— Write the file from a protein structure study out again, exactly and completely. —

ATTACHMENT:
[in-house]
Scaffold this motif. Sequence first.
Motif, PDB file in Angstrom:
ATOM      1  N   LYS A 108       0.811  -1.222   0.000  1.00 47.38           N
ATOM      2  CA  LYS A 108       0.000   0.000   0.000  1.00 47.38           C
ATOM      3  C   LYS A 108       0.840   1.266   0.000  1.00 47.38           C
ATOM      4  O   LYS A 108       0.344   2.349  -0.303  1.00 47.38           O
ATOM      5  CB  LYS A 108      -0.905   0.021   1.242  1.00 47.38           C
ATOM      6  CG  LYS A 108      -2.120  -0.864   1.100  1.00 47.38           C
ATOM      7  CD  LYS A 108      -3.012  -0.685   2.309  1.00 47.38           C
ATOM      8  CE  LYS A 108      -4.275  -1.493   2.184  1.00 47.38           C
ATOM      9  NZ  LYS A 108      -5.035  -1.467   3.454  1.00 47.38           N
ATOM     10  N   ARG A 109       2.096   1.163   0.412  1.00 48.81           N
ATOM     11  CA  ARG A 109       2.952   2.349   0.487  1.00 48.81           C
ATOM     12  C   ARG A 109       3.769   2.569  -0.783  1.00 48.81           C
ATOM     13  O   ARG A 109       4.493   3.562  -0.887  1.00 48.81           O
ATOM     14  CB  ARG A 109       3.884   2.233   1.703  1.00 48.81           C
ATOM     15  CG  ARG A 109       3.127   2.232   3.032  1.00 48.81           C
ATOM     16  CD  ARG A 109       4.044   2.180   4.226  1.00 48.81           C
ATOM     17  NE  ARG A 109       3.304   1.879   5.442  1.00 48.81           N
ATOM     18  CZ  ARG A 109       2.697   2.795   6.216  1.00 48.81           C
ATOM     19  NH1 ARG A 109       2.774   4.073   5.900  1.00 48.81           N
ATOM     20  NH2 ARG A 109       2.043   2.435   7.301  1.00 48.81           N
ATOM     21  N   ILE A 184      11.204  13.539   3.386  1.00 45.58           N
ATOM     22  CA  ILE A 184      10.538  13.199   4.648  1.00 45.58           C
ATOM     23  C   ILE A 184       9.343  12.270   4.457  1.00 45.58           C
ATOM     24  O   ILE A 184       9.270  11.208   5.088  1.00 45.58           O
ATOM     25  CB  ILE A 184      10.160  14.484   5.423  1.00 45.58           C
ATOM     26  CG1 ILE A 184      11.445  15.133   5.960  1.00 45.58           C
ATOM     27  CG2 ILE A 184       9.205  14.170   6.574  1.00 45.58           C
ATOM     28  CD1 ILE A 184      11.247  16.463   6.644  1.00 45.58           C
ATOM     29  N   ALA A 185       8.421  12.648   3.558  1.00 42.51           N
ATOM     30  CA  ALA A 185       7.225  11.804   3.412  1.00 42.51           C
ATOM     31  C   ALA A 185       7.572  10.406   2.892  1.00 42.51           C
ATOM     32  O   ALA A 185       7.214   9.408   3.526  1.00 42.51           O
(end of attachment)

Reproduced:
[in-house]
Scaffold this motif. Sequence first.
Motif, PDB file in Angstrom:
ATOM      1  N   LYS A 108       0.811  -1.222   0.000  1.00 47.38           N
ATOM      2  CA  LYS A 108       0.000   0.000   0.000  1.00 47.38           C
ATOM      3  C   LYS A 108       0.840   1.266   0.000  1.00 47.38           C
ATOM      4  O   LYS A 108       0.344   2.349  -0.303  1.00 47.38           O
ATOM      5  CB  LYS A 108      -0.905   0.021   1.242  1.00 47.38           C
ATOM      6  CG  LYS A 108      -2.120  -0.864   1.100  1.00 47.38           C
ATOM      7  CD  LYS A 108      -3.012  -0.685   2.309  1.00 47.38           C
ATOM      8  CE  LYS A 108      -4.275  -1.493   2.184  1.00 47.38           C
ATOM      9  NZ  LYS A 108      -5.035  -1.467   3.454  1.00 47.38           N
ATOM     10  N   ARG A 109       2.096   1.163   0.412  1.00 48.81           N
ATOM     11  CA  ARG A 109       2.952   2.349   0.487  1.00 48.81           C
ATOM     12  C   ARG A 109       3.769   2.569  -0.783  1.00 48.81           C
ATOM     13  O   ARG A 109       4.493   3.562  -0.887  1.00 48.81           O
ATOM     14  CB  ARG A 109       3.884   2.233   1.703  1.00 48.81           C
ATOM     15  CG  ARG A 109       3.127   2.232   3.032  1.00 48.81           C
ATOM     16  CD  ARG A 109       4.044   2.180   4.226  1.00 48.81           C
ATOM     17  NE  ARG A 109       3.304   1.879   5.442  1.00 48.81           N
ATOM     18  CZ  ARG A 109       2.697   2.795   6.216  1.00 48.81           C
ATOM     19  NH1 ARG A 109       2.774   4.073   5.900  1.00 48.81           N
ATOM     20  NH2 ARG A 109       2.043   2.435   7.301  1.00 48.81           N
ATOM     21  N   ILE A 184      11.204  13.539   3.386  1.00 45.58           N
ATOM     22  CA  ILE A 184      10.538  13.199   4.648  1.00 45.58           C
ATOM     23  C   ILE A 184       9.343  12.270   4.457  1.00 45.58           C
ATOM     24  O   ILE A 184       9.270  11.208   5.088  1.00 45.58           O
ATOM     25  CB  ILE A 184      10.160  14.484   5.423  1.00 45.58           C
ATOM     26  CG1 ILE A 184      11.445  15.133   5.960  1.00 45.58           C
ATOM     27  CG2 ILE A 184       9.205  14.170   6.574  1.00 45.58           C
ATOM     28  CD1 ILE A 184      11.247  16.463   6.644  1.00 45.58           C
ATOM     29  N   ALA A 185       8.421  12.648   3.558  1.00 42.51           N
ATOM     30  CA  ALA A 185       7.225  11.804   3.412  1.00 42.51           C
ATOM     31  C   ALA A 185       7.572  10.406   2.892  1.00 42.51           C
ATOM     32  O   ALA A 185       7.214   9.408   3.526  1.00 42.51           O